**R-english – Freakonometrics**, and kindly contributed to R-bloggers]. (You can report issue about the content on this page here)

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Sometimes, with big data, matrices are too big to handle, and it is possible to use tricks to numerically still do the map. Map-Reduce is one of those. With several cores, it is possible to split the problem, to map on each machine, and then to agregate it back at the end.

Consider the case of the linear regression, \mathbf{y}=\mathbf{X}\mathbf{\beta}+\mathbf{\varepsilon} (with classical matrix notations). The OLS estimate of \mathbf{\beta} is \widehat{\mathbf{\beta}}=[\mathbf{X}^T\mathbf{X}]^{-1}\mathbf{X}^T\mathbf{y}. To illustrate, consider a not too big dataset, and run some regression.

1 2 3 4 5 6 7 8 9 | lm(dist~speed,data=cars)$coefficients (Intercept) speed -17.579095 3.932409 y=cars$dist X=cbind(1,cars$speed) solve(crossprod(X,X))%*%crossprod(X,y) [,1] [1,] -17.579095 [2,] 3.932409 |

How is this computed in R? Actually, it is based on the QR decomposition of \mathbf{X}, \mathbf{X}=\mathbf{Q}\mathbf{R}, where \mathbf{Q} is an orthogonal matrix (ie \mathbf{Q}^T\mathbf{Q}=\mathbb{I}). Then \widehat{\mathbf{\beta}}=[\mathbf{X}^T\mathbf{X}]^{-1}\mathbf{X}^T\mathbf{y}=\mathbf{R}^{-1}\mathbf{Q}^T\mathbf{y}

1 2 3 4 | solve(qr.R(qr(as.matrix(X)))) %*% t(qr.Q(qr(as.matrix(X)))) %*% y [,1] [1,] -17.579095 [2,] 3.932409 |

So far, so good, we get the same output. Now, what if we want to parallelise computations. Actually, it is possible.

Consider m blocks

1 | m = 5 |

and split vectors and matrices

\mathbf{y}=\left[\begin{matrix}\mathbf{y}_1\\\mathbf{y}_2\\\vdots \\\mathbf{y}_m\end{matrix}\right] and \mathbf{X}=\left[\begin{matrix}\mathbf{X}_1\\\mathbf{X}_2\\\vdots\\\mathbf{X}_m\end{matrix}\right]=\left[\begin{matrix}\mathbf{Q}_1^{(1)}\mathbf{R}_1^{(1)}\\\mathbf{Q}_2^{(1)}\mathbf{R}_2^{(1)}\\\vdots \\\mathbf{Q}_m^{(1)}\mathbf{R}_m^{(1)}\end{matrix}\right]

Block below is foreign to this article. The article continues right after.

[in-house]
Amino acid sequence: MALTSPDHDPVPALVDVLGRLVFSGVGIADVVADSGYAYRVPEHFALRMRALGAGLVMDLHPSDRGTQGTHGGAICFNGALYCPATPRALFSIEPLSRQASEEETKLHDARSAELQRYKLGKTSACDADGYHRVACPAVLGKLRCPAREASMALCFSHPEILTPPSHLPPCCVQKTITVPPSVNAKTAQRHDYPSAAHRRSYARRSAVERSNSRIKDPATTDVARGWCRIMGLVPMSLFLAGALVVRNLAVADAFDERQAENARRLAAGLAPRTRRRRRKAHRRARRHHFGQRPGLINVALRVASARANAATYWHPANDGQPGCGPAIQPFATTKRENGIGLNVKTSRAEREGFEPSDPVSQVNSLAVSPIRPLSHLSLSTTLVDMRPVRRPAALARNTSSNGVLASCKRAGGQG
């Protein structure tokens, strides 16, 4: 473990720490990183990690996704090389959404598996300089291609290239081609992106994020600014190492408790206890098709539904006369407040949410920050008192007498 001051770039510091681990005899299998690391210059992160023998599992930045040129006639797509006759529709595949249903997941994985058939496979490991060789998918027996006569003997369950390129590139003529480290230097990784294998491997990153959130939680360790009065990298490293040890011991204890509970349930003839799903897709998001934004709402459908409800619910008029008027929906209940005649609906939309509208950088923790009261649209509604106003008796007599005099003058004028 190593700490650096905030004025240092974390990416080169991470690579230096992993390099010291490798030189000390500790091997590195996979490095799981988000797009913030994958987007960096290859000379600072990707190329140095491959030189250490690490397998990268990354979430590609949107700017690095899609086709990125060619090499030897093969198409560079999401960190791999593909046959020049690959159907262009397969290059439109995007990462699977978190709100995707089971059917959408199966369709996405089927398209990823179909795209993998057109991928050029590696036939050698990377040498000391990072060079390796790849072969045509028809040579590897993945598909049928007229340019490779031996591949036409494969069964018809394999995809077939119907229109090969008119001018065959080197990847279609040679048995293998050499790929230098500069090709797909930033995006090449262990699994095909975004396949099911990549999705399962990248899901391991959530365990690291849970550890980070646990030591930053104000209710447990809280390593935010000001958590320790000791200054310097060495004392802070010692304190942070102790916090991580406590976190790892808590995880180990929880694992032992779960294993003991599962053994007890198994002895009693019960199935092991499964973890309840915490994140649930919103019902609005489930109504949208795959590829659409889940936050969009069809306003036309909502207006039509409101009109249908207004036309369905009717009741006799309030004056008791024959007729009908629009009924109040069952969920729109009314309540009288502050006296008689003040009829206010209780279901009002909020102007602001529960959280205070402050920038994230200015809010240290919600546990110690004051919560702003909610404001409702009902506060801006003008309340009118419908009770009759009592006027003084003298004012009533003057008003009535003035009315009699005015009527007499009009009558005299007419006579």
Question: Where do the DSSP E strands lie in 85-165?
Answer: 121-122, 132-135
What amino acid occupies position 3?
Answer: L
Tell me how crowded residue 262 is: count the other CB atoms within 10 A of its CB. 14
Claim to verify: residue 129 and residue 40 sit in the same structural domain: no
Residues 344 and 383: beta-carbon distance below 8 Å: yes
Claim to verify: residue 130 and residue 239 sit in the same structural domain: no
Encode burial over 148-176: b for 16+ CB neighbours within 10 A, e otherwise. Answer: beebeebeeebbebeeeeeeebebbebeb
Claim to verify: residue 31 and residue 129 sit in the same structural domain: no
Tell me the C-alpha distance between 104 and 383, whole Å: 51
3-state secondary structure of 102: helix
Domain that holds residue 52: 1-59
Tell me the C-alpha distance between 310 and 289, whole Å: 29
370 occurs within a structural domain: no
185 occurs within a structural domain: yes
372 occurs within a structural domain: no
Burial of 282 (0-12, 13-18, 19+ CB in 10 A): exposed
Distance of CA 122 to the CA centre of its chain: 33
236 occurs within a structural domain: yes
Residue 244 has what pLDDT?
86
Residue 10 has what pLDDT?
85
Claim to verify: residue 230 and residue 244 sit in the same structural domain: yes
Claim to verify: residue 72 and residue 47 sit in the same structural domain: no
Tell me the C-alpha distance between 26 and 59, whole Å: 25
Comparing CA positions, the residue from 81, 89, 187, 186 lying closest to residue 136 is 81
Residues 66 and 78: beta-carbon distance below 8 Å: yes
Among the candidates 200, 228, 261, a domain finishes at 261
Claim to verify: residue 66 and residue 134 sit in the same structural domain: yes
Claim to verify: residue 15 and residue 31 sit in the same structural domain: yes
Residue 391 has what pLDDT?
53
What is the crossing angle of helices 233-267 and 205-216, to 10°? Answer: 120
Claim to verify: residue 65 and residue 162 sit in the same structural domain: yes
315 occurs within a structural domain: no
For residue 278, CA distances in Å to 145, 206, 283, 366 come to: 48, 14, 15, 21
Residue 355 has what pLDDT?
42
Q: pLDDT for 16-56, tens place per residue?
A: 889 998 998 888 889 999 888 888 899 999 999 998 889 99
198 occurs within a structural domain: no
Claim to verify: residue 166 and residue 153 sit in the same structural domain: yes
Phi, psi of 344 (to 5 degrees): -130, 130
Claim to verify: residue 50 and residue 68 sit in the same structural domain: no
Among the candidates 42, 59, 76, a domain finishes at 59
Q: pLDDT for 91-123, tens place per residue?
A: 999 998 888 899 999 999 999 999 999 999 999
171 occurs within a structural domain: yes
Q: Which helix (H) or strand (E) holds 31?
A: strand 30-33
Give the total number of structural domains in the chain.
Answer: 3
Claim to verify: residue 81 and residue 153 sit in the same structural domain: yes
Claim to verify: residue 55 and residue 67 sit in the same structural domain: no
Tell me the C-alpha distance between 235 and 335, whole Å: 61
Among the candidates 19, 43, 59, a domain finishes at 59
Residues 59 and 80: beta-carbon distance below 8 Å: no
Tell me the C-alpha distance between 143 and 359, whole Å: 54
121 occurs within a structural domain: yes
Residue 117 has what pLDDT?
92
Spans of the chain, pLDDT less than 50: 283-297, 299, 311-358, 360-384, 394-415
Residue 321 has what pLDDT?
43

To split vectors and matrices, use (eg)

1 2 3 4 | Xlist = list() for(j in 1:m) Xlist[[j]] = X[(j-1)*10+1:10,] ylist = list() for(j in 1:m) ylist[[j]] = y[(j-1)*10+1:10] |

and get small QR recomposition (per subset)

1 2 | QR1 = list() for(j in 1:m) QR1[[j]] = list(Q=qr.Q(qr(as.matrix(Xlist[[j]]))),R=qr.R(qr(as.matrix(Xlist[[j]])))) |

Consider the QR decomposition of \mathbf{R}^{(1)} which is the first step of the reduce part\mathbf{R}^{(1)}=\left[\begin{matrix}\mathbf{R}_1^{(1)}\\\mathbf{R}_2^{(1)}\\\vdots \\\mathbf{R}_m^{(1)}\end{matrix}\right]=\mathbf{Q}^{(2)}\mathbf{R}^{(2)}where\mathbf{Q}^{(2)}=\left[\begin{matrix}\mathbf{Q}^{(2)}_1\\\mathbf{Q}^{(2)}_2\\\vdots\\\mathbf{Q}^{(2)}_m\end{matrix}\right]

1 2 3 4 5 6 | R1 = QR1[[1]]$R for(j in 2:m) R1 = rbind(R1,QR1[[j]]$R) Q1 = qr.Q(qr(as.matrix(R1))) R2 = qr.R(qr(as.matrix(R1))) Q2list=list() for(j in 1:m) Q2list[[j]] = Q1[(j-1)*2+1:2,] |

Define – as step 2 of the reduce part\mathbf{Q}^{(3)}_j=\mathbf{Q}^{(2)}_j\mathbf{Q}^{(1)}_j

and\mathbf{V}_j=\mathbf{Q}^{(3)T}_j\mathbf{y}_j

1 2 3 4 | Q3list = list() for(j in 1:m) Q3list[[j]] = QR1[[j]]$Q %*% Q2list[[j]] Vlist = list() for(j in 1:m) Vlist[[j]] = t(Q3list[[j]]) %*% ylist[[j]] |

and finally set – as the step 3 of the reduce part\widehat{\mathbf{\beta}}=[\mathbf{R}^{(2)}]^{-1}\sum_{j=1}^m\mathbf{V}_j

1 2 3 4 5 6 | sumV = Vlist[[1]] for(j in 2:m) sumV = sumV+Vlist[[j]] solve(R2) %*% sumV [,1] [1,] -17.579095 [2,] 3.932409 |

It looks like we’ve been able to parallelise our linear regression…

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